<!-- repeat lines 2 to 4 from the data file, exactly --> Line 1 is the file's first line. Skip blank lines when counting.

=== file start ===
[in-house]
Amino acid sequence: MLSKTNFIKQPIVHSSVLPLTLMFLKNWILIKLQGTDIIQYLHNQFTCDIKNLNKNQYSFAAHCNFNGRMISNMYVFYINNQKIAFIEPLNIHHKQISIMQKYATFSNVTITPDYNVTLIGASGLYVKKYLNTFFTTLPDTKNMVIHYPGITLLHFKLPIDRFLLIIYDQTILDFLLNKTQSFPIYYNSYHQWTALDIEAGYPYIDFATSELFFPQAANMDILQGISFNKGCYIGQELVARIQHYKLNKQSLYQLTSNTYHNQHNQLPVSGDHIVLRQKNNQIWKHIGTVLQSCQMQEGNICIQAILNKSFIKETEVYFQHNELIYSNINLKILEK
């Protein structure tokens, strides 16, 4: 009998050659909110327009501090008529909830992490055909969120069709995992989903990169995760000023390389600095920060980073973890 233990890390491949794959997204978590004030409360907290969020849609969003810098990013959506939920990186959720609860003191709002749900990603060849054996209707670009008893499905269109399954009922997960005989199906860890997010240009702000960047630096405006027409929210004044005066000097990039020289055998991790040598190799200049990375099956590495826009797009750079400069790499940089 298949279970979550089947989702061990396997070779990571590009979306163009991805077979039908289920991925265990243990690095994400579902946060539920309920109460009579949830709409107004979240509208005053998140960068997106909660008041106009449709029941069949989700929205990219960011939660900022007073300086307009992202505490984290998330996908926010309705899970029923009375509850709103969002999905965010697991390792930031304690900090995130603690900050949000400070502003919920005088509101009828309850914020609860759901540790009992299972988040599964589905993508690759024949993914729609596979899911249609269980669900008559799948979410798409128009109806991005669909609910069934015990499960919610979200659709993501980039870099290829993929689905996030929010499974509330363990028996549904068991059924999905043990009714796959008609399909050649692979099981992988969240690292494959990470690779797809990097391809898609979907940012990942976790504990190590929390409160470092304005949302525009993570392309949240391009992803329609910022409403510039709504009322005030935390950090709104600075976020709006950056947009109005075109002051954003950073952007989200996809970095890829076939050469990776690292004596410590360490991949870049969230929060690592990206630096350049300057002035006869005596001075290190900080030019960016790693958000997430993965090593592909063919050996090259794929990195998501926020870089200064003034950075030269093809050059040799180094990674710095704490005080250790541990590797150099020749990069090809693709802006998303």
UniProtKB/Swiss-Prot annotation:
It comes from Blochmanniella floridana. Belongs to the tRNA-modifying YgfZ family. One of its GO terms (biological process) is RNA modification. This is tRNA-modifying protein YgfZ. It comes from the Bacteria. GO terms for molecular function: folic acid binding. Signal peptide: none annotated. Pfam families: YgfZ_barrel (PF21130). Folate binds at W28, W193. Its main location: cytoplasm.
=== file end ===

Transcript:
Amino acid sequence: MLSKTNFIKQPIVHSSVLPLTLMFLKNWILIKLQGTDIIQYLHNQFTCDIKNLNKNQYSFAAHCNFNGRMISNMYVFYINNQKIAFIEPLNIHHKQISIMQKYATFSNVTITPDYNVTLIGASGLYVKKYLNTFFTTLPDTKNMVIHYPGITLLHFKLPIDRFLLIIYDQTILDFLLNKTQSFPIYYNSYHQWTALDIEAGYPYIDFATSELFFPQAANMDILQGISFNKGCYIGQELVARIQHYKLNKQSLYQLTSNTYHNQHNQLPVSGDHIVLRQKNNQIWKHIGTVLQSCQMQEGNICIQAILNKSFIKETEVYFQHNELIYSNINLKILEK
């Protein structure tokens, strides 16, 4: 009998050659909110327009501090008529909830992490055909969120069709995992989903990169995760000023390389600095920060980073973890 233990890390491949794959997204978590004030409360907290969020849609969003810098990013959506939920990186959720609860003191709002749900990603060849054996209707670009008893499905269109399954009922997960005989199906860890997010240009702000960047630096405006027409929210004044005066000097990039020289055998991790040598190799200049990375099956590495826009797009750079400069790499940089 298949279970979550089947989702061990396997070779990571590009979306163009991805077979039908289920991925265990243990690095994400579902946060539920309920109460009579949830709409107004979240509208005053998140960068997106909660008041106009449709029941069949989700929205990219960011939660900022007073300086307009992202505490984290998330996908926010309705899970029923009375509850709103969002999905965010697991390792930031304690900090995130603690900050949000400070502003919920005088509101009828309850914020609860759901540790009992299972988040599964589905993508690759024949993914729609596979899911249609269980669900008559799948979410798409128009109806991005669909609910069934015990499960919610979200659709993501980039870099290829993929689905996030929010499974509330363990028996549904068991059924999905043990009714796959008609399909050649692979099981992988969240690292494959990470690779797809990097391809898609979907940012990942976790504990190590929390409160470092304005949302525009993570392309949240391009992803329609910022409403510039709504009322005030935390950090709104600075976020709006950056947009109005075109002051954003950073952007989200996809970095890829076939050469990776690292004596410590360490991949870049969230929060690592990206630096350049300057002035006869005596001075290190900080030019960016790693958000997430993965090593592909063919050996090259794929990195998501926020870089200064003034950075030269093809050059040799180094990674710095704490005080250790541990590797150099020749990069090809693709802006998303």
UniProtKB/Swiss-Prot annotation: